“Three Days in Palestine” and the Purpose of Checkpoints

Editor’s note: This article was initially published in The Daily Gazette, Swarthmore’s online, daily newspaper founded in Fall 1996. As of Fall 2018, the DG has merged with The Phoenix. See the about page to read more about the DG.

“Three Days in Palestine” has brought an incredibly important issue to the forefront of students’ minds at Swarthmore: namely, the difficulty of balancing a state’s legitimate security concerns with the vital work of ensuring universal human dignity and rights, and perhaps more importantly, the ways in which the system of Israeli checkpoints in the West Bank, as well as its security barrier, may often fail to strike the proper balance.

Notably, the security barrier often deviates from the 1949 Armistice Lines, commonly known as the Green Line, which separated the State of Israel from the Palestinian territories until 1967. The deleterious effects of these deviations include appropriating Palestinian farmland and invaluable water resources, as well as severing Palestine’s territorial contiguity. That the route of the barrier was determined unilaterally by the Israelis only further exacerbates the situation. The events on campus this week do an admirable job of drawing much-needed attention to this tragedy and of highlighting the cause of Palestine, which is so often ignored in the context of American politics. We laud the organizing students for their attempt to communicate the dehumanizing experience of passing through a checkpoint, an experience that reaches the very heart of Palestinian identity and the Palestinian narrative.

We hope to contribute to the important conversation that this program has started by adding some nuance that may complicate our understanding of both the security barrier and the large system of checkpoints. According to journalist and Middle East expert David Makovsky, writing during the implementation of the barrier, from the reconstruction of the security barrier surrounding the Gaza Strip in 2001 until March of 2004, not a single Gazan-based suicide bomber succeeded in carrying out an attack inside Israel, compared to 58 such attacks successfully coming from the West Bank. While it cannot be conclusively determined whether the barrier was the primary cause of this phenomenon, those data were an important component of the Israeli government’s strategic calculus in beginning the construction of a similar barrier in the West Bank in 2004. Since the beginning of the project, suicide bombings and other attacks from the West Bank have similarly decreased dramatically and the Israeli public, whether rightly or wrongly, has ascribed much of this increased security to the barrier, justifying its construction in the minds of Israeli policymakers.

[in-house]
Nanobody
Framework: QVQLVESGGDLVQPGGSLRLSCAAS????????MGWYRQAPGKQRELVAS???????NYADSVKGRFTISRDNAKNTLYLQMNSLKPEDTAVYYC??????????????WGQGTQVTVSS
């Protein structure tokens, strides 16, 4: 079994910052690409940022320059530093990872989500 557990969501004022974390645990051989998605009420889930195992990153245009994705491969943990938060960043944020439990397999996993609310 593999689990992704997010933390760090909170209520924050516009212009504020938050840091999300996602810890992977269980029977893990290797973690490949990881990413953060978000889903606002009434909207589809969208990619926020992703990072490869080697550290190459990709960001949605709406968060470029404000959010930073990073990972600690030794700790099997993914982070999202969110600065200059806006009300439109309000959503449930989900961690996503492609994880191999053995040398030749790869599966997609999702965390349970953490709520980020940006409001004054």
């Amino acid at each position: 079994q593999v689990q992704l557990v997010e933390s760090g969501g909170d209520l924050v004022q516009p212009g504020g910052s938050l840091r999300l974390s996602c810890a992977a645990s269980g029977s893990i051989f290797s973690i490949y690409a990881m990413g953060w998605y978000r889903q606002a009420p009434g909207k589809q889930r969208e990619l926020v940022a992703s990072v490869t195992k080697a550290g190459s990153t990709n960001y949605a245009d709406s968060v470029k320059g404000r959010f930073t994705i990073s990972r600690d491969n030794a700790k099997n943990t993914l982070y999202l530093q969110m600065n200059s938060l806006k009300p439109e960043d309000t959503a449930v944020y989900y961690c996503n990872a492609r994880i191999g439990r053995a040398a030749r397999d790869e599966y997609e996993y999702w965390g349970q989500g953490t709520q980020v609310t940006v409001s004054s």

Checkpoints are in many ways more difficult to explain, as the intrusive inspections, ever-shifting identification and permit requirements, and the unfortunate existence of Israeli-only by-roads in the West Bank contribute to a situation in which the people of Palestine feel isolated, helpless, and abused, even as the checkpoints may contribute to the physical security of Israeli citizens. Indeed, Israeli society—and the pro-Israel community at Swarthmore—is hardly monolithic in its perspective on this issue, with Israeli human-rights NGOs such as Machsom Watch, B’tselem, and Peace Now undertaking expansive efforts to highlight the oppression of the Palestinians and seeking to ameliorate its impact. Even the soldiers who staff these checkpoints, mostly 18 and 19-year-olds, are often deeply conflicted about the use to which they are put by their own government.

It may be an obvious truism, but it is worth noting that the exercise of state power is often problematic or even harsh, but that a state has an obligation to try to protect the lives of its citizens. Such an obligation does not excuse possible broad human-rights violations or the violation of international standards of conduct, but it should never be forgotten when discussing the contentious issue of Israel and Palestine. The pain of Israelis who have also lost loved ones and been made to feel insecure and helpless by this seemingly intractable conflict likewise should never be minimized.

It was gratifying to see that the events on campus were conducted with such sensitivity and thoughtfulness, and we are enthusiastic that the program will generate much-needed dialogue – hopefully coupled with action to promote the peace in the region that all parties in the conflict so rightfully deserve. Our goal with this letter was merely to point out that the checkpoints and security barrier, onerous and in some ways monstrous as they can be, do not have as their most essential purpose the oppression of the Palestinian people, but rather the protection of the Israeli people and the prevention of violent clashes between the extremists of all sides.

Joshua Sokol ’11, Treasurer, Swarthmore Organization for Israel
Aaron Brecher ’10, President, Swarthmore Organization for Israel
Danny Cramer ’12
Joanna Lang ’11
Sam Green ’11

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